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The role of self–other distinction in understanding others' mental and emotional states: Neurocognitive mechanisms in children and adults

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Steinbeis,  Nikolaus
Department of Developmental and Educational Psychology, Institute of Psychology, Leiden University, the Netherlands;
Department Social Neuroscience, MPI for Human Cognitive and Brain Sciences, Max Planck Society;

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Citation

Steinbeis, N. (2016). The role of self–other distinction in understanding others' mental and emotional states: Neurocognitive mechanisms in children and adults. Philosophical Transactions of the Royal Society of London, Series B: Biological Sciences, 371(1688): 20150547. doi:10.1098/rstb.2015.0074.


Cite as: http://hdl.handle.net/11858/00-001M-0000-002B-2E3C-B
Abstract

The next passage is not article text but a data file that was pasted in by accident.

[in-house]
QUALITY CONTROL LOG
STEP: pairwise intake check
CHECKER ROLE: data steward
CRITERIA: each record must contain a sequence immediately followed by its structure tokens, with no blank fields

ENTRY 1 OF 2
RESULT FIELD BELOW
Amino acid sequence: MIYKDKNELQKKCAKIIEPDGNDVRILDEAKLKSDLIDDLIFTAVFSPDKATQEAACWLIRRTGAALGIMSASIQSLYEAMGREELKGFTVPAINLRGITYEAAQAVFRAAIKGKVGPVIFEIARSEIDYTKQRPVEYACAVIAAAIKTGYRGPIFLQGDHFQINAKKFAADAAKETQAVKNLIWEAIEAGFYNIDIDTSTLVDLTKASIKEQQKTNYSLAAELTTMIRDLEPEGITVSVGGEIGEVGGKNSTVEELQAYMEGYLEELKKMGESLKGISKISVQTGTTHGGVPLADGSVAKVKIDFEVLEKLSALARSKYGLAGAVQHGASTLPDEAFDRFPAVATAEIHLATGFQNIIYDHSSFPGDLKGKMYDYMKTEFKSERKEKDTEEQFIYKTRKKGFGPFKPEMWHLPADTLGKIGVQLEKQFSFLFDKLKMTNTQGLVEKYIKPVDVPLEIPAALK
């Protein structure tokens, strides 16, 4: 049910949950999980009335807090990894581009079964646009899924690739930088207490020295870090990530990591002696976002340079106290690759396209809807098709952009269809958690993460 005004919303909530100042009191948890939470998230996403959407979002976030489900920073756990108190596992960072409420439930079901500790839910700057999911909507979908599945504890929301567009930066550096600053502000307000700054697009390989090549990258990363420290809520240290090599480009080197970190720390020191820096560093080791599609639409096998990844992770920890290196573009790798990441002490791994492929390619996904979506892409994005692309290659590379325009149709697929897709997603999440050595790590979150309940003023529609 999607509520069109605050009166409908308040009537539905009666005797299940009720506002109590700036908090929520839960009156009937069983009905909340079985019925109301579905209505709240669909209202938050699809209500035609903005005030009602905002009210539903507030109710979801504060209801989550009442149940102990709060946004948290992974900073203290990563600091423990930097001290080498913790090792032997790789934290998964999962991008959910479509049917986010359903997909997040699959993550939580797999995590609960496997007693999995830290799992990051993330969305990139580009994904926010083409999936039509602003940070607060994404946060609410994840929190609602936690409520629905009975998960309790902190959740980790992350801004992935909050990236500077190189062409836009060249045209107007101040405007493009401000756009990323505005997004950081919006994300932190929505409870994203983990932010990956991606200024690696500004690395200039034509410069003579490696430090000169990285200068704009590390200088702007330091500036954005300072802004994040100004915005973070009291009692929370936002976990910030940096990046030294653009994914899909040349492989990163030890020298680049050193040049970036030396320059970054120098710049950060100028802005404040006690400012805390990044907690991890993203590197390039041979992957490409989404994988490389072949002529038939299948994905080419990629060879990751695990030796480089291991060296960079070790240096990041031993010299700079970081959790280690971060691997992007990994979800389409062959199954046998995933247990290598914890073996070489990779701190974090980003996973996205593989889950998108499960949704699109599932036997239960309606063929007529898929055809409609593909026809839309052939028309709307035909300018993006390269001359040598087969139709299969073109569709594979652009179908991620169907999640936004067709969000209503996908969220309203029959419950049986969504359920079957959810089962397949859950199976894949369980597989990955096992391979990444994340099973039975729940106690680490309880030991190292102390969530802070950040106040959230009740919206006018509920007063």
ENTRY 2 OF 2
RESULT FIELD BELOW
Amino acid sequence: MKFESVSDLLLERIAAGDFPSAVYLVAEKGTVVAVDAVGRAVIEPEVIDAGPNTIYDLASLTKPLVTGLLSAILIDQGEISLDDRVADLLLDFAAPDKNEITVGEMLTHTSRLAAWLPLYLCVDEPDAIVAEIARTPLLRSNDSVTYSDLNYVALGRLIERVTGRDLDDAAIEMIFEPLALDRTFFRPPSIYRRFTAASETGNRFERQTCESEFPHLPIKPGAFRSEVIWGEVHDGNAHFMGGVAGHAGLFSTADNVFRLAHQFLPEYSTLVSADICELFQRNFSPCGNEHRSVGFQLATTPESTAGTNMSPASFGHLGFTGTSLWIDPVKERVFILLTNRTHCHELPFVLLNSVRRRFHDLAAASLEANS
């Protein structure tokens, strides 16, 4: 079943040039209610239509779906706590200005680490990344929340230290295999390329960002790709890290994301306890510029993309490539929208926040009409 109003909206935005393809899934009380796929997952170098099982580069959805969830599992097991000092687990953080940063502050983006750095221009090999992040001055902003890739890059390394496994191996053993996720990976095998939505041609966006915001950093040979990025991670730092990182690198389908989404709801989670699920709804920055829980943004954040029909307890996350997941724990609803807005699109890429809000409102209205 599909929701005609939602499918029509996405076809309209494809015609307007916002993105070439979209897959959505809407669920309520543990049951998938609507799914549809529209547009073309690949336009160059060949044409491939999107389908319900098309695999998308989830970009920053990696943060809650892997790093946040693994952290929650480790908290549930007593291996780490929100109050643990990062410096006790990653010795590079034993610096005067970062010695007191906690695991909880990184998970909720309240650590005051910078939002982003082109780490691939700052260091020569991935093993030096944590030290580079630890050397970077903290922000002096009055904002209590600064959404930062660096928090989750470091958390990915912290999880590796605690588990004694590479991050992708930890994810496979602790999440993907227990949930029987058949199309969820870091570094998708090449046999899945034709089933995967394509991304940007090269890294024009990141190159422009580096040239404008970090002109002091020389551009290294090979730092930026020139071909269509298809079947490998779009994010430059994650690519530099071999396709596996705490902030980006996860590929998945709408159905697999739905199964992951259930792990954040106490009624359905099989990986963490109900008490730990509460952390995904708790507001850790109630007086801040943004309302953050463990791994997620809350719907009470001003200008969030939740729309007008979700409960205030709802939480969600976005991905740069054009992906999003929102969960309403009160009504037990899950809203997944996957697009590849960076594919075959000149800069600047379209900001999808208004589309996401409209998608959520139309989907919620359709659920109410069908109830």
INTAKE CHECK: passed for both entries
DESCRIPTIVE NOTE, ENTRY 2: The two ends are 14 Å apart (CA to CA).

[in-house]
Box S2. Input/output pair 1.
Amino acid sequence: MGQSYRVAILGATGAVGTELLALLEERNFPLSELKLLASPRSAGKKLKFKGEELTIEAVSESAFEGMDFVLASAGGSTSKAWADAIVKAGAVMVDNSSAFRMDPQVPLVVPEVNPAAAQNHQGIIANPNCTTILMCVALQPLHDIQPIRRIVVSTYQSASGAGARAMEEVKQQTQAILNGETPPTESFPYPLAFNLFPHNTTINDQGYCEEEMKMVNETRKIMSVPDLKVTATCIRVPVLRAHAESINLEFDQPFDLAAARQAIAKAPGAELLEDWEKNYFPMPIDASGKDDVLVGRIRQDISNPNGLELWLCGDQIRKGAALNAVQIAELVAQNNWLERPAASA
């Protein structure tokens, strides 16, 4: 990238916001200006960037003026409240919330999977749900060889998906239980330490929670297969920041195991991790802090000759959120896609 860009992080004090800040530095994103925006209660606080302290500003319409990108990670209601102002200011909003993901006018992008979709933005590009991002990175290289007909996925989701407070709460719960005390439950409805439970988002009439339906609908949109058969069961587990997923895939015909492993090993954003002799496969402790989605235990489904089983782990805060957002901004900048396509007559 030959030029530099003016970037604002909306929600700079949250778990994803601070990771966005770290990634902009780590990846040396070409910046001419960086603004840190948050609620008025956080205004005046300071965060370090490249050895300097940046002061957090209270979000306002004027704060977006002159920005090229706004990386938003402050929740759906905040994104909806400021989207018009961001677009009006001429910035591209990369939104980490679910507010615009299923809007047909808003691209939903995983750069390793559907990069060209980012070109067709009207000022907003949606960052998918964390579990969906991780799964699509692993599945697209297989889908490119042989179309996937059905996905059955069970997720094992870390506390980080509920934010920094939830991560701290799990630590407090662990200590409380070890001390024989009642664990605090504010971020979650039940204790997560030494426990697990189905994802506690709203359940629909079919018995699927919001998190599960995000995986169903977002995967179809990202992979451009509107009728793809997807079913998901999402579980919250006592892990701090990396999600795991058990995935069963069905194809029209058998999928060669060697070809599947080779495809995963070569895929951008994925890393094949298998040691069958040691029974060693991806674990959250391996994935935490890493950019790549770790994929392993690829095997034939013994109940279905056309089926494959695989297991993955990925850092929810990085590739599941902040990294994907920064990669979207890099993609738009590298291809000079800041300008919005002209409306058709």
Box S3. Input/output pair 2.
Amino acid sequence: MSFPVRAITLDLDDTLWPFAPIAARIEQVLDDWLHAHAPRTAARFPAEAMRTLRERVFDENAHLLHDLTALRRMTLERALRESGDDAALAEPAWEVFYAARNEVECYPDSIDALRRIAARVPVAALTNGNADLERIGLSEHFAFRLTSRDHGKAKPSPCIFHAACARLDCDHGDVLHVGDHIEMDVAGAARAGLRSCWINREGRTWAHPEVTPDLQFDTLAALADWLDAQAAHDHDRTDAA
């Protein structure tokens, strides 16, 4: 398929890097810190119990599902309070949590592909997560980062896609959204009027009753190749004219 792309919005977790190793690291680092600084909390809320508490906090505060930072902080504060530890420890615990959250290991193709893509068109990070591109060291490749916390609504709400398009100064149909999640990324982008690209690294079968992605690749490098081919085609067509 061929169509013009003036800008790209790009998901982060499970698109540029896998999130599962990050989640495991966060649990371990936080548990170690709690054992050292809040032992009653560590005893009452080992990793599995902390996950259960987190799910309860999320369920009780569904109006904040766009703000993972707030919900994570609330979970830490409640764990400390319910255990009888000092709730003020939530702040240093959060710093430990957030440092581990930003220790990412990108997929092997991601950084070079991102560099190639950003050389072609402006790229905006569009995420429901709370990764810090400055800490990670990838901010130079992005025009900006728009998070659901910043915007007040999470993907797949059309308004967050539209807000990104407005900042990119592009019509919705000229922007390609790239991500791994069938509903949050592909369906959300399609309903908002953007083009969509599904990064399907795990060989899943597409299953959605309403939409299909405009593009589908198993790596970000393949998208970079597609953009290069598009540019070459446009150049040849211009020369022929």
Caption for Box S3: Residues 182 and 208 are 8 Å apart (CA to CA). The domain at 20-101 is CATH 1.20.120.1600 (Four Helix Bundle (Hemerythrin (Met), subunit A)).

Social interactions come with the fundamental problem of trying to understand others' mental and affective states while under the overpowering influence of one's own concurrent thoughts and feelings. The ability to distinguish between simultaneous representations of others' current experiences as well as our own is crucial to navigate our complex social environments successfully. The developmental building blocks of this ability and how this is given rise to by functional and structural brain development remains poorly understood. In this review, I outline some of the key findings on the role of self–other distinction in understanding others' mental as well as emotional states in children and adults. I will begin by clarifying the crucial role for self–other distinction in avoiding egocentric attributions of one's own cognitive as well as affective states to others in adults and outline the underlying neural circuitry in overcoming such egocentricity. This will provide the basis for a discussion of the emergence of self–other distinction in early childhood as well as developmental changes therein throughout childhood and into adulthood. I will demonstrate that self–other distinction of cognitive and emotional states is already dissociable early in development. Concomitantly, I will show that processes of self–other distinction in cognitive and affective domains rely on adjacent but distinct neural circuitry each with unique connectivity profiles, presumably related to the nature of the distinction that needs to be made.